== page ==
August 28, 2012

Kiwiblog might be guilty of hyperbole in saying fracking saves the planet but it is reducing carbon emissions:

In a surprising turnaround, the amount of carbon dioxide being released into the atmosphere in the US has fallen dramatically to its lowest level in 20 years, and government officials say the biggest reason is that cheap and plentiful natural gas has led many power plant operators to switch from dirtier-burning coal.

Many of the world’s leading climate scientists didn’t see the drop coming, in large part because it happened as a result of market forces rather than direct government action against carbon dioxide, a greenhouse gas that traps heat in the atmosphere.

Michael Mann, director of the Earth System Science Centre at Penn State University, said the shift away from coal is reason for “cautious optimism” about potential ways to deal with climate change. He said it demonstrates that “ultimately people follow their wallets” on global warming.

“There’s a very clear lesson here. What it shows is that if you make a cleaner energy source cheaper, you will displace dirtier sources,” said Roger Pielke Jr, a climate expert at the University of Colorado.

In a little-noticed technical report, the US Energy Information Agency, a part of the Energy Department, said this month that total US CO2 emissions for the first four months of this year fell to about 1992 levels. The Associated Press contacted environmental experts, scientists and utility companies and learned that virtually everyone believes the shift could have major long-term implications for US energy policy.

While conservation efforts, the lagging economy and greater use of renewable energy are factors in the CO2 decline, the drop-off is due mainly to low-priced natural gas, the agency said.

A frenzy of shale gas drilling in the Northeast’s Marcellus Shale and in Texas, Arkansas and Louisiana has caused the wholesale price of natural gas to plummet from US$7 or $8 per unit to about $3 over the past four years, making it cheaper to burn than coal for a given amount of energy produced. As a result, utilities are relying more than ever on gas-fired generating plants. . . 

. . . The boom in gas production has come about largely because of hydraulic fracturing, or fracking. Large volumes of water, plus sand and chemicals, are injected to break shale rock apart and free the gas. . .

. . . Despite unanswered questions about the environmental effects of drilling, the gas boom “is actually one of a number of reasons for cautious optimism,” Mann said. “There’s a lot of doom and gloom out there. It is important to point out that there is still time” to address global warning.

This might not be a long-term change but market forces and fracking are reducing carbon emissions.

There are questions about the safety of fracking. Drew Hutton, president of the Lock The Gate Alliance in Australia; and Rosalind Archer, Associate Professor at the Department of Engineering Science at Auckland University debated the issue on Nine to Noon last Thursday.

Professor Archer (at about 15:50) said there is evidence of a small number of problems caused by very bad practices, shoddy well construction and very poor monitoring. But:

 . . . there are other jurisdictions where, or instance, the US State of Ohio has records of 80,000 fractured wells with no evidence of ground water contamination.

In my opinion this is something that can be done right . .  the head of the US Environmental Protection Agency said she thinks it can be done right. Recently the Royal Society for Science and Engineering in the UK also came out saying that fundamentally this is a process that can be done right so I think New Zealand just needs to learn from international best practice. . .

That practice is improving all the time and it is possible the debate could be overtaken by technical advances:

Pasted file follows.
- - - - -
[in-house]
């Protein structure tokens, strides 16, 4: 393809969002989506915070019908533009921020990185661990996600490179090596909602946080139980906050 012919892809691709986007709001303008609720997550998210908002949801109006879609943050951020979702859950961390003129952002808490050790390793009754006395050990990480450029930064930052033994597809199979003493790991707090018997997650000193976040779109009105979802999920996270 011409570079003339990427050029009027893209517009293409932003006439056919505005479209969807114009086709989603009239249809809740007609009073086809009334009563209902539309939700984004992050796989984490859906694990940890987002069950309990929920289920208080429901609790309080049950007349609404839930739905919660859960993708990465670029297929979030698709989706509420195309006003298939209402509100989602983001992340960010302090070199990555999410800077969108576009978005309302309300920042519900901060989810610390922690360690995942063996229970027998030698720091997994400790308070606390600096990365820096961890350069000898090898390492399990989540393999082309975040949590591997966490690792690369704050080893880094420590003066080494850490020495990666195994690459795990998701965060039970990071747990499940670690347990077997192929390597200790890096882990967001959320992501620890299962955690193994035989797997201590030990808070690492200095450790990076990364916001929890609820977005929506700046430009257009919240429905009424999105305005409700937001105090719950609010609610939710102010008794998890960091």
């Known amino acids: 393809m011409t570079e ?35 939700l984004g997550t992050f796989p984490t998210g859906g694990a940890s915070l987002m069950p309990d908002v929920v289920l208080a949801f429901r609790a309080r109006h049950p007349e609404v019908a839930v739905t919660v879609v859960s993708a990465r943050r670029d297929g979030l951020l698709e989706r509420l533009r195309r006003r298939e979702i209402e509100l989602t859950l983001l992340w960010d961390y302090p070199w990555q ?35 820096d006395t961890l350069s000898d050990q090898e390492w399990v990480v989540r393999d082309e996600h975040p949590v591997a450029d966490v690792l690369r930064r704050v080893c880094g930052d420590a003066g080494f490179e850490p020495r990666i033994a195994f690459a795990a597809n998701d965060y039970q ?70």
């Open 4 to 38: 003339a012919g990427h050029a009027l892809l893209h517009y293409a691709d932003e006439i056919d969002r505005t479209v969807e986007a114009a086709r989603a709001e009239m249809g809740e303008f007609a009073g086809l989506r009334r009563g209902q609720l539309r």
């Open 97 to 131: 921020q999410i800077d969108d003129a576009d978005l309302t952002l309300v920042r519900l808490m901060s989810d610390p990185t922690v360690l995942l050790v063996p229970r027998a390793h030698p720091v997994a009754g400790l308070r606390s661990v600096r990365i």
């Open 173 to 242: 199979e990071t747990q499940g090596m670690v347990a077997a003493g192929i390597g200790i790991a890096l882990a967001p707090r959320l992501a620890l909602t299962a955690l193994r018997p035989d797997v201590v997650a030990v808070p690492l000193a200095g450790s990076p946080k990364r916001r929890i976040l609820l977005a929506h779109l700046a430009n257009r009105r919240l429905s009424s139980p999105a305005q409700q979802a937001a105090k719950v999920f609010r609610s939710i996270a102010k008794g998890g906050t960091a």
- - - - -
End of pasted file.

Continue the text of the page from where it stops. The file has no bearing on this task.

Chimera Energy Corporation of Houston, Texas, has announced that they are licensing a new method for extracting oil and gas from shale fields that doesn’t contaminate ground water resources because it uses exothermic reactions instead of water to fracture shale. . .

. . . Despite the fact that fracking is used mainly in deep, sealed geological deposits, there is the fear that it may pose a danger to groundwater. Depending on the method involved and the type of oil field, various other materials are added to the water used in fracking, such as sand, foaming agents, gels and friction reducers. The concern is that the water, which is pumped out after the process, may either leak these substances plus radioactive radon from the well directly into aquifer layers, or contaminate water supplies after pumping out.

For this reason, some fracking engineers prefer non-hydraulic methods. One of these, used recently in New York State, swaps the water for gelled propane. The idea being that the propane reverts to a gas at the end of the process and can be pumped out, leaving any additives behind in the well, much like boiling seawater and leaving behind the salt.

The Chimera process takes this a step further by eliminating any working liquid. Details of the process have not been made public yet due to patent concerns, but Chimera Energy uses what is called “dry fracturing” or “exothermic extraction.” First developed in China, this involves using hot gases rather than liquid to fracture the shale. This was originally intended for wells in arctic regions where water used in fracking freezes, but Chimera Energy has developed it for general use. . . 

 If this proves to be practical and safe it still might not be good enough for everyone who opposes fracking.

But then some opposition isn’t to fracking in particular it’s just the means of demonstrating opposition to mineral extraction in general.

MP challenges city to say yes

July 26, 2012

Dunedin has joined some other councils in calling moratorium on fracking – hydraulic fracturing.

National MP Michael Woodhouse, has responded by challenging the city to say yes.

He’s calling on Dunedin’s city leaders to publicly state their support for oil and gas exploration as long as environmental risks can be managed.

Speaking in yesterday’s General Debate he compared the national GDP per capita of $46,000 with that of Taranaki where the GDP per capita is $88,000.

In that province agriculture, tourism and oil and gas exploration co-exist. The latter adds significantly to the economic and social benefits without environmental problems.